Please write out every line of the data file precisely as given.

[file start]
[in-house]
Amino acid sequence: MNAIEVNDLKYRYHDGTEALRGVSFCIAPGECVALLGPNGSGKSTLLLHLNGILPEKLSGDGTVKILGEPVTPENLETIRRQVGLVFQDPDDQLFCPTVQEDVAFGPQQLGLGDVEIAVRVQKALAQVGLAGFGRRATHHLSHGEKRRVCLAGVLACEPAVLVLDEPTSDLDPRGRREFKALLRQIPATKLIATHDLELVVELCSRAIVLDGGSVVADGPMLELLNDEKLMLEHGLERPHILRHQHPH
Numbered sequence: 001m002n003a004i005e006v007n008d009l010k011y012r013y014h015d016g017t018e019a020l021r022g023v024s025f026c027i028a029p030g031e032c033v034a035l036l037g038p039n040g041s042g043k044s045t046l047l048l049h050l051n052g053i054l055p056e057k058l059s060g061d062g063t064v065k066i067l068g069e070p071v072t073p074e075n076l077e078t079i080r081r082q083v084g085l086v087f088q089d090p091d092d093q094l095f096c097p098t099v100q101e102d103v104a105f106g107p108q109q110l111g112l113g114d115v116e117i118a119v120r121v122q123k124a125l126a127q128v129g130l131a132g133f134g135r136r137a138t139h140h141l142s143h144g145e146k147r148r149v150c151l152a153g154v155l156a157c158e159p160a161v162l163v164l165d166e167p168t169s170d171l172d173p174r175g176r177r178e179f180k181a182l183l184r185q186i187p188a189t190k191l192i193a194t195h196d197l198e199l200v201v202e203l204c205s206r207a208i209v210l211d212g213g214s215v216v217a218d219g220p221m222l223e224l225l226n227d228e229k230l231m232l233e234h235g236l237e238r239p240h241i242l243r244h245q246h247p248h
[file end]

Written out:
[in-house]
Amino acid sequence: MNAIEVNDLKYRYHDGTEALRGVSFCIAPGECVALLGPNGSGKSTLLLHLNGILPEKLSGDGTVKILGEPVTPENLETIRRQVGLVFQDPDDQLFCPTVQEDVAFGPQQLGLGDVEIAVRVQKALAQVGLAGFGRRATHHLSHGEKRRVCLAGVLACEPAVLVLDEPTSDLDPRGRREFKALLRQIPATKLIATHDLELVVELCSRAIVLDGGSVVADGPMLELLNDEKLMLEHGLERPHILRHQHPH
Numbered sequence: 001m002n003a004i005e006v007n008d009l010k011y012r013y014h015d016g017t018e019a020l021r022g023v024s025f026c027i028a029p030g031e032c033v034a035l036l037g038p039n040g041s042g043k044s045t046l047l048l049h050l051n052g053i054l055p056e057k058l059s060g061d062g063t064v065k066i067l068g069e070p071v072t073p074e075n076l077e078t079i080r081r082q083v084g085l086v087f088q089d090p091d092d093q094l095f096c097p098t099v100q101e102d103v104a105f106g107p108q109q110l111g112l113g114d115v116e117i118a119v120r121v122q123k124a125l126a127q128v129g130l131a132g133f134g135r136r137a138t139h140h141l142s143h144g145e146k147r148r149v150c151l152a153g154v155l156a157c158e159p160a161v162l163v164l165d166e167p168t169s170d171l172d173p174r175g176r177r178e179f180k181a182l183l184r185q186i187p188a189t190k191l192i193a194t195h196d197l198e199l200v201v202e203l204c205s206r207a208i209v210l211d212g213g214s215v216v217a218d219g220p221m222l223e224l225l226n227d228e229k230l231m232l233e234h235g236l237e238r239p240h241i242l243r244h245q246h247p248h